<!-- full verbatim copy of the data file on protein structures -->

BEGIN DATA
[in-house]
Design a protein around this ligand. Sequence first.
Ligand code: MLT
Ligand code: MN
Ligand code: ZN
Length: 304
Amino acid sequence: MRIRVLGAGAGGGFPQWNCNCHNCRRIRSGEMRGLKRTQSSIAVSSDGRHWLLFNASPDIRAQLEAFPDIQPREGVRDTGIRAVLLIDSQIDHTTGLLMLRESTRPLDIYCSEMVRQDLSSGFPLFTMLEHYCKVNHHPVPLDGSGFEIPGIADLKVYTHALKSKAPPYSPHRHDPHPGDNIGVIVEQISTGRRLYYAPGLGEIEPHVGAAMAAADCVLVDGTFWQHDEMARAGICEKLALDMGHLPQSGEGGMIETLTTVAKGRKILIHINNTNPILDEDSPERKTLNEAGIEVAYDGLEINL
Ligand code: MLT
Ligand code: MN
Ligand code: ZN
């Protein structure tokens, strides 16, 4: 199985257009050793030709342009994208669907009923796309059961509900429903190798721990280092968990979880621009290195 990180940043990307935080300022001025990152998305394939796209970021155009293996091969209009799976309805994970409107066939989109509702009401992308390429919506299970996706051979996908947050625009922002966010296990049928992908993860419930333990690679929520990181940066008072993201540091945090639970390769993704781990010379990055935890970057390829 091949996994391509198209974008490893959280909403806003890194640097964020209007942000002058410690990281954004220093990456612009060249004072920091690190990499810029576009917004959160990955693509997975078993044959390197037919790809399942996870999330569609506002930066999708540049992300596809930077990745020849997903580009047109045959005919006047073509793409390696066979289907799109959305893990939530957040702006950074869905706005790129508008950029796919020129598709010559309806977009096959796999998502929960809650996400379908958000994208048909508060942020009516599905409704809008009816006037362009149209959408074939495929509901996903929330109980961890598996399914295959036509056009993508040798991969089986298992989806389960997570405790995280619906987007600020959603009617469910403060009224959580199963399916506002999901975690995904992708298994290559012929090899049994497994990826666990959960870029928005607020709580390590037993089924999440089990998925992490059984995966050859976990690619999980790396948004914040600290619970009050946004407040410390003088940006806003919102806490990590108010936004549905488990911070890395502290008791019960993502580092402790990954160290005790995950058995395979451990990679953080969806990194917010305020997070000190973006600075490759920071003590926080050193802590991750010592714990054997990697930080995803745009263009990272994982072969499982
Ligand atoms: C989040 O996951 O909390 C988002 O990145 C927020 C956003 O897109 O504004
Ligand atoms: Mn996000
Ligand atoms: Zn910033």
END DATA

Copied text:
[in-house]
Design a protein around this ligand. Sequence first.
Ligand code: MLT
Ligand code: MN
Ligand code: ZN
Length: 304
Amino acid sequence: MRIRVLGAGAGGGFPQWNCNCHNCRRIRSGEMRGLKRTQSSIAVSSDGRHWLLFNASPDIRAQLEAFPDIQPREGVRDTGIRAVLLIDSQIDHTTGLLMLRESTRPLDIYCSEMVRQDLSSGFPLFTMLEHYCKVNHHPVPLDGSGFEIPGIADLKVYTHALKSKAPPYSPHRHDPHPGDNIGVIVEQISTGRRLYYAPGLGEIEPHVGAAMAAADCVLVDGTFWQHDEMARAGICEKLALDMGHLPQSGEGGMIETLTTVAKGRKILIHINNTNPILDEDSPERKTLNEAGIEVAYDGLEINL
Ligand code: MLT
Ligand code: MN
Ligand code: ZN
């Protein structure tokens, strides 16, 4: 199985257009050793030709342009994208669907009923796309059961509900429903190798721990280092968990979880621009290195 990180940043990307935080300022001025990152998305394939796209970021155009293996091969209009799976309805994970409107066939989109509702009401992308390429919506299970996706051979996908947050625009922002966010296990049928992908993860419930333990690679929520990181940066008072993201540091945090639970390769993704781990010379990055935890970057390829 091949996994391509198209974008490893959280909403806003890194640097964020209007942000002058410690990281954004220093990456612009060249004072920091690190990499810029576009917004959160990955693509997975078993044959390197037919790809399942996870999330569609506002930066999708540049992300596809930077990745020849997903580009047109045959005919006047073509793409390696066979289907799109959305893990939530957040702006950074869905706005790129508008950029796919020129598709010559309806977009096959796999998502929960809650996400379908958000994208048909508060942020009516599905409704809008009816006037362009149209959408074939495929509901996903929330109980961890598996399914295959036509056009993508040798991969089986298992989806389960997570405790995280619906987007600020959603009617469910403060009224959580199963399916506002999901975690995904992708298994290559012929090899049994497994990826666990959960870029928005607020709580390590037993089924999440089990998925992490059984995966050859976990690619999980790396948004914040600290619970009050946004407040410390003088940006806003919102806490990590108010936004549905488990911070890395502290008791019960993502580092402790990954160290005790995950058995395979451990990679953080969806990194917010305020997070000190973006600075490759920071003590926080050193802590991750010592714990054997990697930080995803745009263009990272994982072969499982
Ligand atoms: C989040 O996951 O909390 C988002 O990145 C927020 C956003 O897109 O504004
Ligand atoms: Mn996000
Ligand atoms: Zn910033």